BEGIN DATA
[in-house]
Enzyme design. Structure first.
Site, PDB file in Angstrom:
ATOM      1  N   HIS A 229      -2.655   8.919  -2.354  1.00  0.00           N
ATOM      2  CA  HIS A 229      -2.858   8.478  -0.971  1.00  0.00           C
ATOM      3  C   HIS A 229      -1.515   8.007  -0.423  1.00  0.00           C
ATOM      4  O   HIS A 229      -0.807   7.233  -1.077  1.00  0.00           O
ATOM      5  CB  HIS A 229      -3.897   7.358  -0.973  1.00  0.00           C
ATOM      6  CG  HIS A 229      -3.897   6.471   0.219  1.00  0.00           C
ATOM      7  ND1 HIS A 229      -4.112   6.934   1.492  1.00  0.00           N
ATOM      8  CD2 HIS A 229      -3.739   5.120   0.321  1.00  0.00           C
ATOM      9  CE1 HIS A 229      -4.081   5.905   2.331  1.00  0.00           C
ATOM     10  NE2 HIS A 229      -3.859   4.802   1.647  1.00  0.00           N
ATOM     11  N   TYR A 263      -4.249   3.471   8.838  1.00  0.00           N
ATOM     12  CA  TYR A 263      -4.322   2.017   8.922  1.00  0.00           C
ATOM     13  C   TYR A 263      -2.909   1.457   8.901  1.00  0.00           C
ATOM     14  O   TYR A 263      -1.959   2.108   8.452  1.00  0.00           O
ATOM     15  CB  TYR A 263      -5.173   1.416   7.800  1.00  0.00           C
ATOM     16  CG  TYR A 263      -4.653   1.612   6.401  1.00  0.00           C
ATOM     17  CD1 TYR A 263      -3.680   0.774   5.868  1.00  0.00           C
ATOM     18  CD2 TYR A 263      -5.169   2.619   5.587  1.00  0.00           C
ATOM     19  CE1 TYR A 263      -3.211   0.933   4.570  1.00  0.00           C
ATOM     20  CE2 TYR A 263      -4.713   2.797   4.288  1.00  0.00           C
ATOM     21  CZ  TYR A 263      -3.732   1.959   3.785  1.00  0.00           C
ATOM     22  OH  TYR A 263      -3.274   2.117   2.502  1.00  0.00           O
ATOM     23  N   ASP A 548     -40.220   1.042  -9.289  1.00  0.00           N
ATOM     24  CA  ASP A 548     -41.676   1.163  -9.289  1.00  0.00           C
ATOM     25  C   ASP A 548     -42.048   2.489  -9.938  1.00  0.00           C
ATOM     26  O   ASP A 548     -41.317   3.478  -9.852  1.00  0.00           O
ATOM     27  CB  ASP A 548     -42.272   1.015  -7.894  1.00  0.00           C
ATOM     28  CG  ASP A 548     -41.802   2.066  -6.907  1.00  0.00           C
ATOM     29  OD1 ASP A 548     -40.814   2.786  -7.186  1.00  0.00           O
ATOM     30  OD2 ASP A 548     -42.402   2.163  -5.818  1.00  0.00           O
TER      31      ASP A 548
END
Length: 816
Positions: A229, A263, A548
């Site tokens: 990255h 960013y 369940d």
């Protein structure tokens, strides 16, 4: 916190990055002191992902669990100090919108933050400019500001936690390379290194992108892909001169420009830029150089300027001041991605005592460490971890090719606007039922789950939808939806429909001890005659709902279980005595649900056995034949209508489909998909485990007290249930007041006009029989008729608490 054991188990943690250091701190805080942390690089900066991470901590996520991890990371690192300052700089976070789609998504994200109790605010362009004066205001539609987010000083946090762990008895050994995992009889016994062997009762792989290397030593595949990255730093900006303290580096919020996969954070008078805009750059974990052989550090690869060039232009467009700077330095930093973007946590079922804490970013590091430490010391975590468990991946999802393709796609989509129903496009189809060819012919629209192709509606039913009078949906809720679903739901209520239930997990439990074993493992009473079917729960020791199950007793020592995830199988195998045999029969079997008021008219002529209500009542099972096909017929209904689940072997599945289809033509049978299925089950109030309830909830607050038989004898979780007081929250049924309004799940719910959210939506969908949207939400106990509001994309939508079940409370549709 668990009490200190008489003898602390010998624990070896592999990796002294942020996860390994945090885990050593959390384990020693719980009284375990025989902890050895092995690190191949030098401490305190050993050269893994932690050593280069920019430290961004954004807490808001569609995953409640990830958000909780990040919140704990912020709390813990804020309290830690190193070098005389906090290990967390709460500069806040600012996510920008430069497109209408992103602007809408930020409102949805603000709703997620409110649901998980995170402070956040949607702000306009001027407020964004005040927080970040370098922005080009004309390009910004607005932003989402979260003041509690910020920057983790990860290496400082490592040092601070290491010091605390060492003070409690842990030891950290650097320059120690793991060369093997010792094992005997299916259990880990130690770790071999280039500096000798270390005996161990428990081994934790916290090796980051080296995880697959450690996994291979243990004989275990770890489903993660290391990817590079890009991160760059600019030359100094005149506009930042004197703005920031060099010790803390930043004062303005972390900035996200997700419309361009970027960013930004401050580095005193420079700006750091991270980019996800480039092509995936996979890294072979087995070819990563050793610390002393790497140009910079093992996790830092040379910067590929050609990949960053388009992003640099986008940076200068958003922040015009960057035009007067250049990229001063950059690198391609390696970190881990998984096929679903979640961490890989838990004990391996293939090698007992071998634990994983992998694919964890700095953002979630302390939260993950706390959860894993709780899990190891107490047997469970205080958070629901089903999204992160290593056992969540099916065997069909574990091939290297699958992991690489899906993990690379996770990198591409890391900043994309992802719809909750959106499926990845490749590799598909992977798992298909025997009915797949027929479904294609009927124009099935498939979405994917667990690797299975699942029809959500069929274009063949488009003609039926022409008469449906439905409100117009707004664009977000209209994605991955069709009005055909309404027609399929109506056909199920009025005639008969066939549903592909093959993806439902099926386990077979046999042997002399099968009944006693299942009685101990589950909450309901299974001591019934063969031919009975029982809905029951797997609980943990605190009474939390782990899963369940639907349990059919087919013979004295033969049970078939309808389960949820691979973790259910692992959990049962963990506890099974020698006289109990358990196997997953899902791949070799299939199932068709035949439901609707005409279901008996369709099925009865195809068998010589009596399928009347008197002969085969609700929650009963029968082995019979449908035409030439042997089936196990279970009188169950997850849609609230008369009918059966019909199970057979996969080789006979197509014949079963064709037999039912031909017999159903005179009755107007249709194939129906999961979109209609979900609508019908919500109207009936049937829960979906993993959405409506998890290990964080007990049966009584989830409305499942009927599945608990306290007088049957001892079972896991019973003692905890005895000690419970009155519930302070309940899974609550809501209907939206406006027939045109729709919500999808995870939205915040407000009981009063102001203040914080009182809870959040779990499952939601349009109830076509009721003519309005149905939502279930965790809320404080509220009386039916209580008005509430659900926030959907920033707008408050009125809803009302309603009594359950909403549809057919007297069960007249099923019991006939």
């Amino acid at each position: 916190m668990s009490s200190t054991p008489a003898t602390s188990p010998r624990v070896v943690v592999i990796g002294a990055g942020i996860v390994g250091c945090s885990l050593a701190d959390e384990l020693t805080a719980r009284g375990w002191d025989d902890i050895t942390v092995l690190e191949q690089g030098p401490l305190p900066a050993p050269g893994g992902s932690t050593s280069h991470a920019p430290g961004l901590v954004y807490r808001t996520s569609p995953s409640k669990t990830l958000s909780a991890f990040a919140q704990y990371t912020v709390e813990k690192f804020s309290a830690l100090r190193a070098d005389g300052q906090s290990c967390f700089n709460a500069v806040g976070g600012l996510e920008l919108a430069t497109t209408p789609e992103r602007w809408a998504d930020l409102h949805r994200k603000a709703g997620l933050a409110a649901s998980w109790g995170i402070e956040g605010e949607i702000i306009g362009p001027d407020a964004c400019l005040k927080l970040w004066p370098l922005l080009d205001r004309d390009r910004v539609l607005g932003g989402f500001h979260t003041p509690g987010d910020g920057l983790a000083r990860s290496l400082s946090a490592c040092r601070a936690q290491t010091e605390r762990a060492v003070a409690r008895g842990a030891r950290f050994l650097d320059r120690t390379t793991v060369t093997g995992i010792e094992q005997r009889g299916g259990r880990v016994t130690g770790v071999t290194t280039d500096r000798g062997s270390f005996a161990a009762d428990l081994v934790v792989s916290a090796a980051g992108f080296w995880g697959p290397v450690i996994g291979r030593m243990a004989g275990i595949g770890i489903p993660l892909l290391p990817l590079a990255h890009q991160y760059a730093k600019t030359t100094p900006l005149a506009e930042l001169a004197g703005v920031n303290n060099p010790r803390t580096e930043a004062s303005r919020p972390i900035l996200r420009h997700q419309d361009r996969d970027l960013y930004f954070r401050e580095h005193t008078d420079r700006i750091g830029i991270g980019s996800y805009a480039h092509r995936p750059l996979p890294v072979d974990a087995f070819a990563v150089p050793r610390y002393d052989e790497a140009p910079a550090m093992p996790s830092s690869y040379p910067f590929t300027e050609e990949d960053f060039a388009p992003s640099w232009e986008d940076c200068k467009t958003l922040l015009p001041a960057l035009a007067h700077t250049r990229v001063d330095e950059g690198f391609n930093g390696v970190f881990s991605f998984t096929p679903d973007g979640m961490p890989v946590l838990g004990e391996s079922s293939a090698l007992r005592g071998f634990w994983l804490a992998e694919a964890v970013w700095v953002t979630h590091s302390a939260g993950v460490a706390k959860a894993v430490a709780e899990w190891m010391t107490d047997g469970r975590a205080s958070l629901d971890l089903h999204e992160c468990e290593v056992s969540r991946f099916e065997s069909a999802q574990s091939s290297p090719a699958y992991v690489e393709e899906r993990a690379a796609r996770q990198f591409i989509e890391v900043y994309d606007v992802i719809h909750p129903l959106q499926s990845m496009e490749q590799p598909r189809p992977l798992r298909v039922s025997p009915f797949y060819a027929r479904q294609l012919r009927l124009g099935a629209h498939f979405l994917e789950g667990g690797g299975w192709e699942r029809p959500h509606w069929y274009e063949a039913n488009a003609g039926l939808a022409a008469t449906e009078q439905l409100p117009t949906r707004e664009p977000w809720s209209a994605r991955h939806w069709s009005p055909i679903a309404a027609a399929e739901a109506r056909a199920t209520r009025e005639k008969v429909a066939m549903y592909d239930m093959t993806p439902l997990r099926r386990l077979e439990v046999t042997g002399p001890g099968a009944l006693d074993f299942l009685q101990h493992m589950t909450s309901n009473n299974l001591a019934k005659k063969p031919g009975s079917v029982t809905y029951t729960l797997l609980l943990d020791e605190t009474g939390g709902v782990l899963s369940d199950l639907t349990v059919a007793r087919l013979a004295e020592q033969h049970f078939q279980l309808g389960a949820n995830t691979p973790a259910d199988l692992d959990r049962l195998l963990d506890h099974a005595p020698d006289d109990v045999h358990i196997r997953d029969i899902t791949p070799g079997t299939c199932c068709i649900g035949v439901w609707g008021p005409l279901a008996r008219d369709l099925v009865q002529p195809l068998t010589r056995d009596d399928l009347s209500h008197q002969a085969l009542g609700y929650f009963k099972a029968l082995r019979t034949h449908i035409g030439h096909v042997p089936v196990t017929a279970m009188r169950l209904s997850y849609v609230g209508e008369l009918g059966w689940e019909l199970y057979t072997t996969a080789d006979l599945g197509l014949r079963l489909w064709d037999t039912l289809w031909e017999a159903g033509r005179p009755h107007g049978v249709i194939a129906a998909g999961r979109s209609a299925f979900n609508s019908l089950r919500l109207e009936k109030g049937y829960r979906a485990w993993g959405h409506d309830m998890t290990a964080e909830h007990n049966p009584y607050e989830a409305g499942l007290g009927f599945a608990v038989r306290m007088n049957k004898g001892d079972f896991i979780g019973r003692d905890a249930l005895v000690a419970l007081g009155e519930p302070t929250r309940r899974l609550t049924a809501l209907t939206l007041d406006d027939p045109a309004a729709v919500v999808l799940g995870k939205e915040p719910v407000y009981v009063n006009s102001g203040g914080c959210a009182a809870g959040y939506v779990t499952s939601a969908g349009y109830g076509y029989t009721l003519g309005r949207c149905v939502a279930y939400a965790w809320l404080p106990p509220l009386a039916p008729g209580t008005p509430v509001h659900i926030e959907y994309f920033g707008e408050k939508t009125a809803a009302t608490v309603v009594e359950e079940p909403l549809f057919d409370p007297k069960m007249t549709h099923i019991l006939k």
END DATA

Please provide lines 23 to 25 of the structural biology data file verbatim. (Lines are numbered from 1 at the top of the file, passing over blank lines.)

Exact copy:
ATOM     20  CE2 TYR A 263      -4.713   2.797   4.288  1.00  0.00           C
ATOM     21  CZ  TYR A 263      -3.732   1.959   3.785  1.00  0.00           C
ATOM     22  OH  TYR A 263      -3.274   2.117   2.502  1.00  0.00           O